By Brett Stolpestad
The New York Times reported on the attacks on the U.S. embassy in Libya on Sept. 12th and continued to follow the story the next day, giving more details as the story unfolded. The lead in the first story focuses on what happened and who was involved. The main focus of the first story was to report on the deaths of the U.S. ambassador and several other U.S. officials.
The second story added to the first by revising and adding detail, noting that the attacks were actually carried out in two separate waves, the first being spontaneous and the second being strategically planned. The lead in the second story focuses more on how the attacks happened and how they were carried out.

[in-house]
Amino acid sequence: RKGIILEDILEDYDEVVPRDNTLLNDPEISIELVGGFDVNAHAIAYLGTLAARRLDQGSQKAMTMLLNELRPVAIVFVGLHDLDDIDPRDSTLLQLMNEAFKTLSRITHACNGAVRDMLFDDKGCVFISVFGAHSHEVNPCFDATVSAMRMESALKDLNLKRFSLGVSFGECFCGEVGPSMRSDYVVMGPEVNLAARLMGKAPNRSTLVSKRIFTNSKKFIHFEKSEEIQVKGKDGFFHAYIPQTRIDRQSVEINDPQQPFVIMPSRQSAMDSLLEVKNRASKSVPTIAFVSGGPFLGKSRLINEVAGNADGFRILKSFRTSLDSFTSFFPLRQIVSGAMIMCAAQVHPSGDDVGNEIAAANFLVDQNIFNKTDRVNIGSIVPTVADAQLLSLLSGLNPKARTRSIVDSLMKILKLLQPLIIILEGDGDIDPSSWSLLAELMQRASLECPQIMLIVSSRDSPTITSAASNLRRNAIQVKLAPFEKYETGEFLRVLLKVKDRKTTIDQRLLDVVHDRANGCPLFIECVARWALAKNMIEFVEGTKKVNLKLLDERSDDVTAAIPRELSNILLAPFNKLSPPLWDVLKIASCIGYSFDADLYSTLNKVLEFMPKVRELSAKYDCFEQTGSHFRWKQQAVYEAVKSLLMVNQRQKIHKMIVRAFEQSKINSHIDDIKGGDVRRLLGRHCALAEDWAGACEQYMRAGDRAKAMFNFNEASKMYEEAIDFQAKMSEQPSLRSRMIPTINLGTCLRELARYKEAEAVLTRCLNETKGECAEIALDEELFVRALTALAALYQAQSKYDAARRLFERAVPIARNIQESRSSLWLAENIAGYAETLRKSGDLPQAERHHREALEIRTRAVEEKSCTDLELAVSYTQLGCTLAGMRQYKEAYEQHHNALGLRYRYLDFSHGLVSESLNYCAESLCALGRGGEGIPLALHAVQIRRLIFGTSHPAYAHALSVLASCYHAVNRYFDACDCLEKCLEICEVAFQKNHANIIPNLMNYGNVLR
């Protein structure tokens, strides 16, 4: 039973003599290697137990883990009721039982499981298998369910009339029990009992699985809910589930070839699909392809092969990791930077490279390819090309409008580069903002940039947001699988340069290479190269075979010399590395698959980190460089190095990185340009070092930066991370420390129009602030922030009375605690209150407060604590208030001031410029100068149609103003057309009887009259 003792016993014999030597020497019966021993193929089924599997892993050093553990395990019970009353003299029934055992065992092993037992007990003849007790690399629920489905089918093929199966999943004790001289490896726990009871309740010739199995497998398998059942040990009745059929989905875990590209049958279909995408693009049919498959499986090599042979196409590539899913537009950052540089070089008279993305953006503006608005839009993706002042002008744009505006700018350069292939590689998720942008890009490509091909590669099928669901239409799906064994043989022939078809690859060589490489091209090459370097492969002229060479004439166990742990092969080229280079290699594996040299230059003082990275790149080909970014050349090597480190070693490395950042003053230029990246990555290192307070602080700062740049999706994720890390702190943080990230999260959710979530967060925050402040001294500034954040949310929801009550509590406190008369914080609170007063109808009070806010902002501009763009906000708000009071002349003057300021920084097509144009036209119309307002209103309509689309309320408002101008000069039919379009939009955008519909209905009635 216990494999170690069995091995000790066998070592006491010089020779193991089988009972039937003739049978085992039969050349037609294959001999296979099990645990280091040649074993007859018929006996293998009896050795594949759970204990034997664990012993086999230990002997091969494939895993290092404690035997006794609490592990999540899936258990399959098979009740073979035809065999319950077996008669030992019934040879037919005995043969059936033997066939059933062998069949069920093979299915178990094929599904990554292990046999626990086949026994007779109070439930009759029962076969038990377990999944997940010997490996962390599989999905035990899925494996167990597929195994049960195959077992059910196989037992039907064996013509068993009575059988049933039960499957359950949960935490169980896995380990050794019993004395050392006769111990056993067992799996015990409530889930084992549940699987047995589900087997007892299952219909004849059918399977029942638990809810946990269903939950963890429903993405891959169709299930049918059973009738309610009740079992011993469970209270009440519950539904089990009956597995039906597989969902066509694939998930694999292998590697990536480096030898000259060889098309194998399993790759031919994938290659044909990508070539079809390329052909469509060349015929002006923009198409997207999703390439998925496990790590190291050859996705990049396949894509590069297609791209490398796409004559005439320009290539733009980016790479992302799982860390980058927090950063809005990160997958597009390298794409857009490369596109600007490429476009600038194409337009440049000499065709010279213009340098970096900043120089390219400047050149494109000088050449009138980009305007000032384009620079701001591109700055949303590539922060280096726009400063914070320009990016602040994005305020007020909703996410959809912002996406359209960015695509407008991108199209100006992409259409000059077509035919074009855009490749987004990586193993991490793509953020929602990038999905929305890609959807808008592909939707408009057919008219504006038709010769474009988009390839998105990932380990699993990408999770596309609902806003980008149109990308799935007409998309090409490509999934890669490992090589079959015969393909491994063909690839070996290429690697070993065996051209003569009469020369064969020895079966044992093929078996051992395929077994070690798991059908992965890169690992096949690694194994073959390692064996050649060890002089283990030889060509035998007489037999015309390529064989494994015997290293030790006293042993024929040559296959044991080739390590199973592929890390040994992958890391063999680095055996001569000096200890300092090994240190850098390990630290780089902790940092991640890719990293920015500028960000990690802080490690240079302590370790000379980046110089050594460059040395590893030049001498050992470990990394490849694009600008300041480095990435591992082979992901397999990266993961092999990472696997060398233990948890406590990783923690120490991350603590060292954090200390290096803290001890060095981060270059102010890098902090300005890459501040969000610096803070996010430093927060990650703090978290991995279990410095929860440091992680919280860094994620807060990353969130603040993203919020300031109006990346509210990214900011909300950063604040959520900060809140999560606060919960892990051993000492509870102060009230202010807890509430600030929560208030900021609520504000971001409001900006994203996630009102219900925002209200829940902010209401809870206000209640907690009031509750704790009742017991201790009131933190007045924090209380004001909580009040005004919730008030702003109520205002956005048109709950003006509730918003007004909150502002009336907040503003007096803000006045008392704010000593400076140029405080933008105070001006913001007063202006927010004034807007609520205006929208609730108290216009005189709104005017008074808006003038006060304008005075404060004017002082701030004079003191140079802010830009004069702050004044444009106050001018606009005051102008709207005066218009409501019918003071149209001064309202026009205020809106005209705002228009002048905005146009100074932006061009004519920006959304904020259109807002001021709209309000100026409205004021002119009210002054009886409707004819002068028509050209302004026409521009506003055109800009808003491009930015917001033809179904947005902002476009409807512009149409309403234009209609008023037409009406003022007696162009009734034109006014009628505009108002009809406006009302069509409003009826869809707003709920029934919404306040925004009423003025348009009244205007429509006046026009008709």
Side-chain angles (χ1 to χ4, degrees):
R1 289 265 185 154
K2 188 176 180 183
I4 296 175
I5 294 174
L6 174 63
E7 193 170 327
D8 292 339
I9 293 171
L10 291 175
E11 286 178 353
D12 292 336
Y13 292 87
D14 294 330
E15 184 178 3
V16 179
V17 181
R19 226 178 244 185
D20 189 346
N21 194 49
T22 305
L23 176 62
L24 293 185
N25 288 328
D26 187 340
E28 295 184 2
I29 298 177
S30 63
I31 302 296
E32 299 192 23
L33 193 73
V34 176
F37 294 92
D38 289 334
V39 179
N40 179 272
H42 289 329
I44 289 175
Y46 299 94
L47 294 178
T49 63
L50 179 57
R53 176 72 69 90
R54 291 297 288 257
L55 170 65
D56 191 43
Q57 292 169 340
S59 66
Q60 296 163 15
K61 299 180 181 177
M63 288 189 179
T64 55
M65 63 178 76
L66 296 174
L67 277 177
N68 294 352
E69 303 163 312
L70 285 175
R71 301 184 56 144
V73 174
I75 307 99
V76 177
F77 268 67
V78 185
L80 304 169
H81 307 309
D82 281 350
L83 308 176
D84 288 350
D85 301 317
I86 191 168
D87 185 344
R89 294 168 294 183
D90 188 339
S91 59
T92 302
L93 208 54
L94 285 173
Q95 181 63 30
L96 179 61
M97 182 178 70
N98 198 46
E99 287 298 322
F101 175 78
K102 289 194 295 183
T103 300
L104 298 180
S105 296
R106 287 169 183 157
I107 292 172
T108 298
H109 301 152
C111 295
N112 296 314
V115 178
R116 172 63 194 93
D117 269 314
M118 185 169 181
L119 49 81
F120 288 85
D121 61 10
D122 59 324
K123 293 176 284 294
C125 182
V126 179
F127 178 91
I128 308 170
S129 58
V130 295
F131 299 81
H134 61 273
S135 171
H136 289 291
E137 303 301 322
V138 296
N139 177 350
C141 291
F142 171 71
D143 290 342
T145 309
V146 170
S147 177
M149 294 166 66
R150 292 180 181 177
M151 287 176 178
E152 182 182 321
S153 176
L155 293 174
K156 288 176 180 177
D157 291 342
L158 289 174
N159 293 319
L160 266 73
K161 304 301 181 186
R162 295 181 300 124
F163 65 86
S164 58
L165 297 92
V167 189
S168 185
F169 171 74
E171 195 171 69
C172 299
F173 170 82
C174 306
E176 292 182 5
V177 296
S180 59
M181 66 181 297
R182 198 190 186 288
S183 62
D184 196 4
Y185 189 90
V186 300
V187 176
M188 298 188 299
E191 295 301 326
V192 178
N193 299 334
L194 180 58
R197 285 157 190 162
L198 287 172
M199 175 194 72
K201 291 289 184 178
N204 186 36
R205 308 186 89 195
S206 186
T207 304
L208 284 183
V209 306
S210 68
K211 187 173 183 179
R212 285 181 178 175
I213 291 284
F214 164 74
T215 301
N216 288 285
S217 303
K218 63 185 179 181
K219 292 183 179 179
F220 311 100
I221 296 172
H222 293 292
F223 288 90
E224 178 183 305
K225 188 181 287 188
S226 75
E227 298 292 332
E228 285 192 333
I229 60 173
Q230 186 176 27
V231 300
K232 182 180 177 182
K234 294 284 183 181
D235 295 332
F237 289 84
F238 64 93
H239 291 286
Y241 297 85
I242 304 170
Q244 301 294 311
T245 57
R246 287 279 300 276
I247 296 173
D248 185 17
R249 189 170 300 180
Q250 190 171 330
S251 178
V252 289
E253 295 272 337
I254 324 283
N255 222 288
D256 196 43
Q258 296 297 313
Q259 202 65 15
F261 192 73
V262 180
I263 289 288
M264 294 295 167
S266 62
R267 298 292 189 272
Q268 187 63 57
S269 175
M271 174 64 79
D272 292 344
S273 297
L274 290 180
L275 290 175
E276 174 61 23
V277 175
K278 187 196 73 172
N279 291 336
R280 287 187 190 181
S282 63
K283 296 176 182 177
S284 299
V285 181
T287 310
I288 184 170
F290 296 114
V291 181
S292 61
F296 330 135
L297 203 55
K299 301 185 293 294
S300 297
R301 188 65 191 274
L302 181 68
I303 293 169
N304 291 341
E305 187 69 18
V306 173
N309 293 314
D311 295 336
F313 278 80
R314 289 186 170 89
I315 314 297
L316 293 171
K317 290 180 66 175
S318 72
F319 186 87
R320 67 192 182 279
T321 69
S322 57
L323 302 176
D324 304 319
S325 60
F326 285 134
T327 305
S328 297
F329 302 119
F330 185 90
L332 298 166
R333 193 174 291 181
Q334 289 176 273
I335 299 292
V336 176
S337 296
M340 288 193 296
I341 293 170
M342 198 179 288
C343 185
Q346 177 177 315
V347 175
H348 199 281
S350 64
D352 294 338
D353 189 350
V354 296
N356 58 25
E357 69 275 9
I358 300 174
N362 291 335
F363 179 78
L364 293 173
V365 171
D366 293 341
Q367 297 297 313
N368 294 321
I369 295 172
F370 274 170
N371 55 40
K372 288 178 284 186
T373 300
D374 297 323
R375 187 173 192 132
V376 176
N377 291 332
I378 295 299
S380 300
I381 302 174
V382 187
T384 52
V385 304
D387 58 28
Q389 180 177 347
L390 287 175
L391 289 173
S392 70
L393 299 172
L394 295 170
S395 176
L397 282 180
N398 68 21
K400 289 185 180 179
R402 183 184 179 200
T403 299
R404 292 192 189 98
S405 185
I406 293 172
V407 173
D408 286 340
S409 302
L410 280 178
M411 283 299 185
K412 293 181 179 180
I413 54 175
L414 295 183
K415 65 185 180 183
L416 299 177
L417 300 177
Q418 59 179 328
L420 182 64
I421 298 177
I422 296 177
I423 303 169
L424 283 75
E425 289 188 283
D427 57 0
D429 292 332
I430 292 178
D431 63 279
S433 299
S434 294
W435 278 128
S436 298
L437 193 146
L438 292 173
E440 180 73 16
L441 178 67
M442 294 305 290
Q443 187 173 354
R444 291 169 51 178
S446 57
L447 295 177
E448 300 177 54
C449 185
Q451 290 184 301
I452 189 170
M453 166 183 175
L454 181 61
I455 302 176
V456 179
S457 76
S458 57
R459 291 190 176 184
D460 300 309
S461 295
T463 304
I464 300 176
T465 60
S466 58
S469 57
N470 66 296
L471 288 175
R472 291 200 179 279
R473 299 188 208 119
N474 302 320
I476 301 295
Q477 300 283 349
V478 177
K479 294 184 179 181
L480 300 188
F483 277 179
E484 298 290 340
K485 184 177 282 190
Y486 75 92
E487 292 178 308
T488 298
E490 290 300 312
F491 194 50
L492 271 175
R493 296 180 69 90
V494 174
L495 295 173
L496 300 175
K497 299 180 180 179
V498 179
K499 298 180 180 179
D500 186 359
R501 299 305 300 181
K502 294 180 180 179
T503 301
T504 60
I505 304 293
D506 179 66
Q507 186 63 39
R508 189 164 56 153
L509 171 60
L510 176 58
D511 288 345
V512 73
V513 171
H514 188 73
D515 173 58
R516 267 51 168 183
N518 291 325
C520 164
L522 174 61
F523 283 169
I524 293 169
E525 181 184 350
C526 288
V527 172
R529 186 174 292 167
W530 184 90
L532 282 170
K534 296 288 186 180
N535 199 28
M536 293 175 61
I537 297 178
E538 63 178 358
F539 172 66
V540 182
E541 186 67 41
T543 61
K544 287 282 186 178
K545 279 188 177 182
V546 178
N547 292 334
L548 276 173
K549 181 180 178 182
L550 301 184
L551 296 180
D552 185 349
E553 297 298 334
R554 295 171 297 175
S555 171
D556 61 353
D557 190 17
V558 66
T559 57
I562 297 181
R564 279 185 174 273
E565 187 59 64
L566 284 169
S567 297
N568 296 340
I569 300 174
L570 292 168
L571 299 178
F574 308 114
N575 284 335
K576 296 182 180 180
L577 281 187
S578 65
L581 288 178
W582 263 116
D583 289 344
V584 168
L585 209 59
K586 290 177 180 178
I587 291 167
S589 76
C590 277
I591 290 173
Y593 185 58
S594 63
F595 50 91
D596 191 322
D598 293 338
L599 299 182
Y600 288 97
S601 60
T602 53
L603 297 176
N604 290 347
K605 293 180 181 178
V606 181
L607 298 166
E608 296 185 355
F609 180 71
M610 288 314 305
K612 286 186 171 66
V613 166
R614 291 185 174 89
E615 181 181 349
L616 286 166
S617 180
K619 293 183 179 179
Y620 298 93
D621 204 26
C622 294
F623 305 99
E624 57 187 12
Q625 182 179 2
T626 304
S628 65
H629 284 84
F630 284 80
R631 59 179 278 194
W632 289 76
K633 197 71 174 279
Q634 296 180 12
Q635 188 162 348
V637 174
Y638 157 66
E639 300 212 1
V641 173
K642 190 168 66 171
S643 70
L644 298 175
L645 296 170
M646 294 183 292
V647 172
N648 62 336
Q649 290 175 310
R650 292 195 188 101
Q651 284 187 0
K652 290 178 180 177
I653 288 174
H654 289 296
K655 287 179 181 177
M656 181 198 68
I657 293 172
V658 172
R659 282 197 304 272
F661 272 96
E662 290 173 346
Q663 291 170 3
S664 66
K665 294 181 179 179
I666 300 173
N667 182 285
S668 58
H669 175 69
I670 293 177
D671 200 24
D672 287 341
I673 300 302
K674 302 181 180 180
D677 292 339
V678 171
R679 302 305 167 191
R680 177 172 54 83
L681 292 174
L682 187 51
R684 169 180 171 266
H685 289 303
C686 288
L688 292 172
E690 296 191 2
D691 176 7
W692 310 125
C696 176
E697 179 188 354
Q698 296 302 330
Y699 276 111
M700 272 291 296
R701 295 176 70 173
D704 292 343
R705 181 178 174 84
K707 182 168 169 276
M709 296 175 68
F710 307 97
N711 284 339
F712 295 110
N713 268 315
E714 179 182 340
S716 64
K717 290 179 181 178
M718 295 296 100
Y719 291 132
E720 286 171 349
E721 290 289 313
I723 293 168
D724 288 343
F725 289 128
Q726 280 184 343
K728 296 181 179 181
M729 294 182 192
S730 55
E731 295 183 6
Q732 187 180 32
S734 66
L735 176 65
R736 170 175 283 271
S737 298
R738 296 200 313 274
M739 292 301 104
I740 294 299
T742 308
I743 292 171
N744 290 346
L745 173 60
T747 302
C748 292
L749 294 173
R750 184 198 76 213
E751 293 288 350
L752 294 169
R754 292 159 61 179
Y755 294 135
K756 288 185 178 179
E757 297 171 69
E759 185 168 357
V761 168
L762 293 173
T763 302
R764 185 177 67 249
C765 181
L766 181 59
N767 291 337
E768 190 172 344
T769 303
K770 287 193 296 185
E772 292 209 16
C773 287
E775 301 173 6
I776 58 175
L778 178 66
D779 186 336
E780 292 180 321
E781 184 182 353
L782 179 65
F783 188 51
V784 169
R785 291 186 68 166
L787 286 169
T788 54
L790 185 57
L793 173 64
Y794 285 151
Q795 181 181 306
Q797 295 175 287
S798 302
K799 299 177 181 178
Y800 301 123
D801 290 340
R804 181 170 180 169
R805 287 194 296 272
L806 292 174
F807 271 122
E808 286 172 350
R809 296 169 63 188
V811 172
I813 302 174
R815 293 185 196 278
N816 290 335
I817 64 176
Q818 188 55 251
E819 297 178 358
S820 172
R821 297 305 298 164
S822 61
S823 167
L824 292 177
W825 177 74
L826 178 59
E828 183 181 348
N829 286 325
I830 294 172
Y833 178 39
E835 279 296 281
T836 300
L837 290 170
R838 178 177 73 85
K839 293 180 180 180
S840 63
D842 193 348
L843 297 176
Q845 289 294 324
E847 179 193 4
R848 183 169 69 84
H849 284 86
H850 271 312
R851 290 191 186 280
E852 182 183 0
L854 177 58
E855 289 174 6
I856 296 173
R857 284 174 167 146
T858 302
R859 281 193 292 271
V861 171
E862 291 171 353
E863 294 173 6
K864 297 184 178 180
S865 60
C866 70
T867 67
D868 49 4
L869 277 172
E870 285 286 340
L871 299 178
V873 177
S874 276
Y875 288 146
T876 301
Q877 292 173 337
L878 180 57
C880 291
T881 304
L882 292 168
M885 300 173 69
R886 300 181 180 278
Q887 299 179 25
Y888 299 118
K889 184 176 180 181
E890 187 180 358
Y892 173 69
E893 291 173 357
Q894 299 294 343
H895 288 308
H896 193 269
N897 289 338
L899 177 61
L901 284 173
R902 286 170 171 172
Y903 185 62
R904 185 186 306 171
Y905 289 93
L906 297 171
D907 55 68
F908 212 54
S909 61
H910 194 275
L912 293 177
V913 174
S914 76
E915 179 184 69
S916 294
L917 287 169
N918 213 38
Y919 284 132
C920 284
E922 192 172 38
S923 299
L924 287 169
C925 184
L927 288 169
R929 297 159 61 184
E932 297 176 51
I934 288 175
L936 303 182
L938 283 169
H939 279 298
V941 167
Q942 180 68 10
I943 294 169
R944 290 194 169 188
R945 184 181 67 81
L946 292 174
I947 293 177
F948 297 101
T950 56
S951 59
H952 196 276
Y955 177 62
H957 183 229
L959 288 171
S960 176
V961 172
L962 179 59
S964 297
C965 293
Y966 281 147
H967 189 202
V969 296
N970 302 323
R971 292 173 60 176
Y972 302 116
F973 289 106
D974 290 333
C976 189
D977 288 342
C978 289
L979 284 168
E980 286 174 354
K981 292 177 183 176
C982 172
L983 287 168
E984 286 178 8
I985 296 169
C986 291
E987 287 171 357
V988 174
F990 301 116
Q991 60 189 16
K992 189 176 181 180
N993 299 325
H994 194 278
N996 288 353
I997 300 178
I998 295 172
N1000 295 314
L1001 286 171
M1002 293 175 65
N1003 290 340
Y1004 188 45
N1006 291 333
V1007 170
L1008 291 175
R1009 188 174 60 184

The second story advances the news by giving the reader a more detailed account of how the attacks were carried out and illustrating the nature of the attacks. The second story tells the reader that the initial spontaneous attack was followed by a second strategic wave of attacks, using heavy weaponry.
The main difference between the two leads in the stories is that the first lead focuses on the what (What happened?) and the who (Who was involved?). The second lead focuses more on the how (How was the attack carried out? How did the events unfold?)